Feighan: Being kind starts with ‘Hi’ and a smile
The little boy took one look at my daughter, scrunched his face and walked away.
“Your sister,” he said to my son who was nearby as we all waited for the school bus to arrive, my daughter’s small hand in my own. “I can’t stand her.”
My stomach dropped and yet I was used to it. As the mother of a special needs child for almost a decade, staring comes with the territory. So does the occasional unfriendly comment. That doesn’t make it easy – or right.
Still, we’ve all been that parent — the one horrified by an unpredictable, filter-less child saying something that makes us want to crawl in a hole. My son went through a phase at 4 years old of being very aware of different body shapes. We were visiting Mackinac Island one summer when he marched up to a woman and declared, “You’re fat.”
As cringe-inducing as our children can be, their bluntness often doesn’t come from a malicious place. They’re learning to navigate this weird thing called life.
Still, it’s up to us as parents to steer them. Sometimes that’s as simple as having a conversation about people or things they’ve never encountered. After my son’s “fat” declaration, my husband and I talked to him quite a bit about how people come in all sizes, colors and shapes.
But we as parents set the lead. Our kids are watching our every move. Be kind. Teach your kids that different isn’t bad. Expose them not just to different experiences, but people. How will our children ever know how to interact in our incredibly diverse world if he or she is only around people like them?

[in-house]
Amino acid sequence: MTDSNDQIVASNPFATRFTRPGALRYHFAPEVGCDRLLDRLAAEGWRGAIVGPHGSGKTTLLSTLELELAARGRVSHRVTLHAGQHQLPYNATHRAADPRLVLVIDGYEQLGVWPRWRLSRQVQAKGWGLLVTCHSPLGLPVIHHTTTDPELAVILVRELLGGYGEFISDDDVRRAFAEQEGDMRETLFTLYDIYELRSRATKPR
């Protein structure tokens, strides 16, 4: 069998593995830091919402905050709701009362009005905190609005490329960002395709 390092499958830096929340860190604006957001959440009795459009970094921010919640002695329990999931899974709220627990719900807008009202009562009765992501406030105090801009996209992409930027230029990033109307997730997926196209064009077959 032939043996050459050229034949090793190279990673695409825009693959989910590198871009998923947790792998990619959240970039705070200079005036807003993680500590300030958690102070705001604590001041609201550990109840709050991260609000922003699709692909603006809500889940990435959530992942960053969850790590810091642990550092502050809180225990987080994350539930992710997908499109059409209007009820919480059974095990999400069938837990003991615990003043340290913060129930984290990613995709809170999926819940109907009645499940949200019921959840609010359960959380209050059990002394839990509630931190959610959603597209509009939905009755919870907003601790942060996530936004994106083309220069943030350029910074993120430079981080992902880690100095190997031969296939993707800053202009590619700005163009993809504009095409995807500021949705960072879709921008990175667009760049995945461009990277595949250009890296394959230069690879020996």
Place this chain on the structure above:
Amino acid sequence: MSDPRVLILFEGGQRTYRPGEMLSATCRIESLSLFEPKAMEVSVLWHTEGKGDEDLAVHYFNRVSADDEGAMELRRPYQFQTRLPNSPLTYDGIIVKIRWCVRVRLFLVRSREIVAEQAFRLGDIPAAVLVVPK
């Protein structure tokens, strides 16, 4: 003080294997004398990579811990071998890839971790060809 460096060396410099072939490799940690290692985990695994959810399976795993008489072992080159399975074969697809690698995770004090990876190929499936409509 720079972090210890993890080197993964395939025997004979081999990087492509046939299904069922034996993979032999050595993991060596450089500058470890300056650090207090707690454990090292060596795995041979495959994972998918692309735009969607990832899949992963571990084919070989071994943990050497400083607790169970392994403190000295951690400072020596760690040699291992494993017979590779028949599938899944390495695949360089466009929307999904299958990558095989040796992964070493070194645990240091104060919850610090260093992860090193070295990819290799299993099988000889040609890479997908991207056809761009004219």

For children or even adults unsure of how to act around someone with disabilities, start simple. Start with “Hi” and a smile.
Without saying a word, a smile speaks volumes. It says there is no reason to be afraid. It’s a starting point, an icebreaker and a common connection. It’s amazing how quickly a simple smile or “Hi” says “It’s OK. We’re more alike than we are different.”
The reality is people with disabilities make up a significant percentage of our population. According to the U.S. Census Bureau, about 56.7 million people — 19 percent of the population — had a disability in 2010.
My daughter, who is now 9, is blissfully unaware she’s “different.” She couldn’t care less if someone is staring. She just lives her life. If you have a problem, it’s your problem.
Still, I’ve seen the way parents sometimes scramble when their children stare at her or even make a comment. Or sometimes parents don’t scramble at all. We were at our local library recently when two young kids stared at my daughter for a solid minute before their mom looked up from her phone. But I did what I always do: I made eye contact, smiled and said “Hi.”
If we want people to be kind, then it has to start with us. We have to model the behavior we want to see in the world.
My husband and I recently visited my son’s first grade class to talk about our daughter and what’s the best way to treat people who are extra special. We talked about how we all talk without using words, how my daughter’s birthday is in October and why she wears glasses. I soon learned that at least 12 other children in the same class have October birthdays and that many of their parents wear glasses or contacts. In the end, we all shared Goldfish crackers because everyone likes Goldfish.
As for the little boy at the bus stop, I introduced him to my daughter, explaining that she’s really not that different from him. He might’ve been put off, but he’ll get used to her. Kindness has to start somewhere.